Today, please welcome guest blogger, February Grace! She is a published poet, writer, and artist living in Southeastern Michigan. She is obsessed with colors, clocks, and meteor showers. Her novels, GODSPEED and OF STARDUST, were published in 2013 by Booktrope.
I’ve lived with chronic pain all of my life. In fact, my earliest childhood memories involve being in pain.
No one knew at the time that I was/am suffering from a rare genetic condition that is destroying the collagen in my body.
Did you know that your eyes are made up mostly of collagen? I didn’t, until my eyes were nearly destroyed by my condition and I went blind.
Did you know that collagen is needed to keep your connective tissues, well, connecting? I didn’t, until they realized why my joints are falling apart.
I didn’t understand any of what was happening to me, not until a few years ago when the genetics department at a major university saw me and said “Yep, we’ve seen people like you before.”
That was new to me, because so many of my doctors had said to me over the years “We’ve never seen anything like your (fill in the blank) before.”
Twenty years I’d searched for answers to all of my health problems: they wouldn’t come until the age of 38.
So, what has this got to do with writing, you wonder?
I’m a writer, and writing has been a means of coping with illness but also a struggle during extended periods of severe health problems.
What does this all mean for you?
Well, if you’re one of the many, many people out there who are suffering from physical ailments or disabilities as you try to write, then I hope this post will speak to you.
I’m here today to say, at the end of it all, three most important words: don’t give up.
I came so close to giving up, so many times, on stories and poems that would later become published works.
I came even closer to giving up on the stories that would become my two published novels.
One of the hardest times I ever had battling illness and trying to write was in 2010. I had lost my eyesight slowly over time at first and then rapidly, and by the end of 2008 I was blind. In 2009 I began a series of surgeries (that would total six in all by 2011) to give me back some use of my sight. I was blessed to have some of the very best surgeons in the world, and even they were doubtful in the beginning they’d be able to help me.
Then, in 2010-2011, I had nine more surgeries, too gruesome to get into here, but let me explain that I also battled a major infection during that time . After months of failed therapy on regular antibiotics, I took 33 days of potent IV antibiotics to kill the infection.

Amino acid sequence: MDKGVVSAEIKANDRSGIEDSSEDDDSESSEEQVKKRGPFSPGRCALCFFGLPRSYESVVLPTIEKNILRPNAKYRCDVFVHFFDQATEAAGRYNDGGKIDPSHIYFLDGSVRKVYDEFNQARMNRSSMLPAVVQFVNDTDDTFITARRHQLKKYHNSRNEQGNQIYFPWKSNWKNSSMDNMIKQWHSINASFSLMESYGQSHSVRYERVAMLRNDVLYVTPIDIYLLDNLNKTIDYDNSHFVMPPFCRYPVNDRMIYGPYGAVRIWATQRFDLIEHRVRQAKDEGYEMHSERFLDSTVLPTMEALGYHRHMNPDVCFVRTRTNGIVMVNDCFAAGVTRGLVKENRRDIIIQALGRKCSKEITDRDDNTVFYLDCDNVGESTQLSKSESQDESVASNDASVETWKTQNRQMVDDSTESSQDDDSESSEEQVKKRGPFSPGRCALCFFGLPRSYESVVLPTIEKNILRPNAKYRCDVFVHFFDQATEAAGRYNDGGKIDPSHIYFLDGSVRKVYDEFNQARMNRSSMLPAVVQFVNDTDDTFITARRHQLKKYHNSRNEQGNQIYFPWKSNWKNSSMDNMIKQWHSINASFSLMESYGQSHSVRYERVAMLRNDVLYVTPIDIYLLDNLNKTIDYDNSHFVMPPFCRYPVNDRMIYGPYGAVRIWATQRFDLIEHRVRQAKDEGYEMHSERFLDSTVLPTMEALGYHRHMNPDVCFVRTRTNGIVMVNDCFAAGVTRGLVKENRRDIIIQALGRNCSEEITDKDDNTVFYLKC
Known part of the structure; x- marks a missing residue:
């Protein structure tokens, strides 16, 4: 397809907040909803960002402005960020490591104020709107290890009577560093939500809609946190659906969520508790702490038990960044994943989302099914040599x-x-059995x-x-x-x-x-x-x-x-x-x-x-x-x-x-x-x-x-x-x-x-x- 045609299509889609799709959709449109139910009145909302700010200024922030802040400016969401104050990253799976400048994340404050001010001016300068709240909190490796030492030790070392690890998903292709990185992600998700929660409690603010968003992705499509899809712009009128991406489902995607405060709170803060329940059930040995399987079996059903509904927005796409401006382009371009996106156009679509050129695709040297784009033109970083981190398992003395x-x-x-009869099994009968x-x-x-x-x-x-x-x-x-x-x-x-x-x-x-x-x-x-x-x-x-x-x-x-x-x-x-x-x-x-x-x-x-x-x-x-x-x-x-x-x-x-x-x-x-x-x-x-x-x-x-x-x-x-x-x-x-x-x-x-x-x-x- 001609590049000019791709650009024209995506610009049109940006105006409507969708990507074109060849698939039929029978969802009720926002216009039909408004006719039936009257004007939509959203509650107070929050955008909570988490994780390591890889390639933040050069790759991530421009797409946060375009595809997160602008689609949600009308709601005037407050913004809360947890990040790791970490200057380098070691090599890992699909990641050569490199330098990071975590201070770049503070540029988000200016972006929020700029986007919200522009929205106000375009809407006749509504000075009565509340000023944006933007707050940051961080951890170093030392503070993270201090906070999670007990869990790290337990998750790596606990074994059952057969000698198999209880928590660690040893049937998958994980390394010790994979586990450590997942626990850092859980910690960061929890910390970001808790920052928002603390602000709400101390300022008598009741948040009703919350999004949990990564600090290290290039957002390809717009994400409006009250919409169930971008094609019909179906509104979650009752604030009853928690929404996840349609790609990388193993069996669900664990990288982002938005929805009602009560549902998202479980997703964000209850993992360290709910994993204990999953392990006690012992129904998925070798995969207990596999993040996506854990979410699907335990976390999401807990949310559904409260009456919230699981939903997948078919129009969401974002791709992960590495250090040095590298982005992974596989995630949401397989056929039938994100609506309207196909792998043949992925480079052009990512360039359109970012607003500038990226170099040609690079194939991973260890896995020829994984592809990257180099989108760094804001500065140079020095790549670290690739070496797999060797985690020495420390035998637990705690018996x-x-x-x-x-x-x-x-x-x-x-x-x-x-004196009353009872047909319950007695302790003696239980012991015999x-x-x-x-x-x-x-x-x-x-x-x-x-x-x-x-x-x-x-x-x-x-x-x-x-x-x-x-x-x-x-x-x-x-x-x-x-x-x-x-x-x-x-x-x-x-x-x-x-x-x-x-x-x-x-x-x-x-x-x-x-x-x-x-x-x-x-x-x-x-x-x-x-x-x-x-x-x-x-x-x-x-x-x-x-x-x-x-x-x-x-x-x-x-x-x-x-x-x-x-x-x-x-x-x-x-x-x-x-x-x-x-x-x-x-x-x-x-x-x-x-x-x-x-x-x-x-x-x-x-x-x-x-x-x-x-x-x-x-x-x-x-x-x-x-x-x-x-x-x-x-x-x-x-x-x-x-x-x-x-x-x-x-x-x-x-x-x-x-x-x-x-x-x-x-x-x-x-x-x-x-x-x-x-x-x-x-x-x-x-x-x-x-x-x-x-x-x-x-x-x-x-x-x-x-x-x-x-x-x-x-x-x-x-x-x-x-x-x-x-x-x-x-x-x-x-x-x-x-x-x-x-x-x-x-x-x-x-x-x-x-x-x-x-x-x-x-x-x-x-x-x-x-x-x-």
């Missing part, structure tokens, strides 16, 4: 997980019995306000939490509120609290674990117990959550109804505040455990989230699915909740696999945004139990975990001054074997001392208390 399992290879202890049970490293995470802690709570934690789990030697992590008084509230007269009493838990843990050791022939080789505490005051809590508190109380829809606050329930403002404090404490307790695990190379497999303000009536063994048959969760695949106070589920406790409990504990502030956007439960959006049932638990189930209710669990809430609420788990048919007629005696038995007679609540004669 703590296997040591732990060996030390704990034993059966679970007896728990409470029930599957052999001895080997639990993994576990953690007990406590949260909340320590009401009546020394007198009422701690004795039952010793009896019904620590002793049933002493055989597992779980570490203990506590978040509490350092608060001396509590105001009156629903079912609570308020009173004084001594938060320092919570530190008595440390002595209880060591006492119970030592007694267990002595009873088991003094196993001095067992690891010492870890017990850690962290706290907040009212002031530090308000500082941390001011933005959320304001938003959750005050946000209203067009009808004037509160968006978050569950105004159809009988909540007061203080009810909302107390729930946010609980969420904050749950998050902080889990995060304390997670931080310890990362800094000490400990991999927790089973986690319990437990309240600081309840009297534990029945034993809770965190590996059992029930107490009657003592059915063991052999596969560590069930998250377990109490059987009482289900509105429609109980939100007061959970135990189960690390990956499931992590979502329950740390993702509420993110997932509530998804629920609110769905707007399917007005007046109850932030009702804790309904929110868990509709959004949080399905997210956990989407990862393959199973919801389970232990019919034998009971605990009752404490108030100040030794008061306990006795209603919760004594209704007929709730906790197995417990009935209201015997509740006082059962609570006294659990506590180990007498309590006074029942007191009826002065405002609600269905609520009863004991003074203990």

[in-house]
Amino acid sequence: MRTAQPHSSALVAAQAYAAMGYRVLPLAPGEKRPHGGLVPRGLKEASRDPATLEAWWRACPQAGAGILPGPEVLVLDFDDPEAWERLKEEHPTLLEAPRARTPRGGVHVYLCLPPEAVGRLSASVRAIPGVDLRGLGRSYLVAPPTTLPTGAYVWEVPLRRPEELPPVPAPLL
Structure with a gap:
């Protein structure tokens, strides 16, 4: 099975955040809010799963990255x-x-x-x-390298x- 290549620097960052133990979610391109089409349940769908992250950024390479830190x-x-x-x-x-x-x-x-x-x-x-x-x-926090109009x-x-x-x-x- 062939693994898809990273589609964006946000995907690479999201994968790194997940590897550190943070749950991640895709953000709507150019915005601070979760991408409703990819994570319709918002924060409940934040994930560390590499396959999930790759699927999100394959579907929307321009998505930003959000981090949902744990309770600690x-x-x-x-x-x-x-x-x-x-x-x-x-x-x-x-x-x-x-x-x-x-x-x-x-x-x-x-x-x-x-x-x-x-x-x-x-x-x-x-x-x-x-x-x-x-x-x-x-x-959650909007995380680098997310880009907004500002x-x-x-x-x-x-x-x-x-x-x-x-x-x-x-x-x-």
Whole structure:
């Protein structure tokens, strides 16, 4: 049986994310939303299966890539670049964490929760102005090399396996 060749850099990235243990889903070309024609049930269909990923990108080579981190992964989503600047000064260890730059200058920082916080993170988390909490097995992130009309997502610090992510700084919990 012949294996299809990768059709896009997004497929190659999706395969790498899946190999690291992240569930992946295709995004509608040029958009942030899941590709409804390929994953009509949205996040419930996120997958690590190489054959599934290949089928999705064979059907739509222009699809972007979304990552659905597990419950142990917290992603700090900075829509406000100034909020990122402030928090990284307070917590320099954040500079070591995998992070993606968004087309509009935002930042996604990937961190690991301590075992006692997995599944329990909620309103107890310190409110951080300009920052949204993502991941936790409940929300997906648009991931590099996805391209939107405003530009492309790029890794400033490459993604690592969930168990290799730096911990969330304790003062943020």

At times, I really thought it was going to kill me.
Through it all, whenever I had a moment of clarity where I could battle the pain back far enough to try, I kept writing.
At times when I was blind and recovering from eye surgery this meant dictating notes into an iPod to be used later (I’m rubbish at dictating actual storyline or dialog, sadly.) Sometimes I typed with my eyes closed and with my head propped up on pillows because I couldn’t hold it up. Sometimes I blindly wrote ideas on sticky notes with a huge Sharpie and shoved them all in a binder to be used later.
To my surprise, I ended up using almost all of them.
I was driven to finish the book I was working on, GODSPEED, and though it took nearly two years from beginning to end, I did finish it.
As I sit here now and glance over at the bookshelf where the beautiful new hardcover edition, just released by my wonderful publisher, Booktrope, sits, I marvel at it. How did I manage to finish it, as sick as I was?
I just kept trying.
You see, there really is no secret, or magic fix as to how to keep writing if you’re battling health problems, whether they are physical or in the realm of another set of issues I deal with—battling your own mind. You just have to keep trying.
I’m here today to tell you that all the trying can turn out to be so worth it.
If nothing else, you end up with a story that you can be proud of because you didn’t give up on it when times were tough.
Or you could end up like me, with two published novels to your name after persevering through mental and physical challenges you never thought you could face.
These days, in addition to dealing with chronic pain and health issues due to the genetic condition, I am also in another struggle to find the words: one that is directly related to medications that I take to deal with Bipolar disorder.
My medications force me to sleep at night (when I used to do so much writing) and calm the frenzy of my thoughts: stilling the storm where I was once used to finding the words. They are doing their job, but that is not helping me as a writer.
Now the battle has escalated to a whole new level. Still, I can’t give up.
You see, I’ve left two of my characters in quite a predicament, and I can’t just abandon them there.
I have to keep fighting for the words.
Whatever your battles may be, I hope that you will keep fighting, too. Your characters need you—you’re the only one who can give them the life they deserve.
I wish you luck and courage on the journey, and the discovery of many, many words you never knew that you had in you.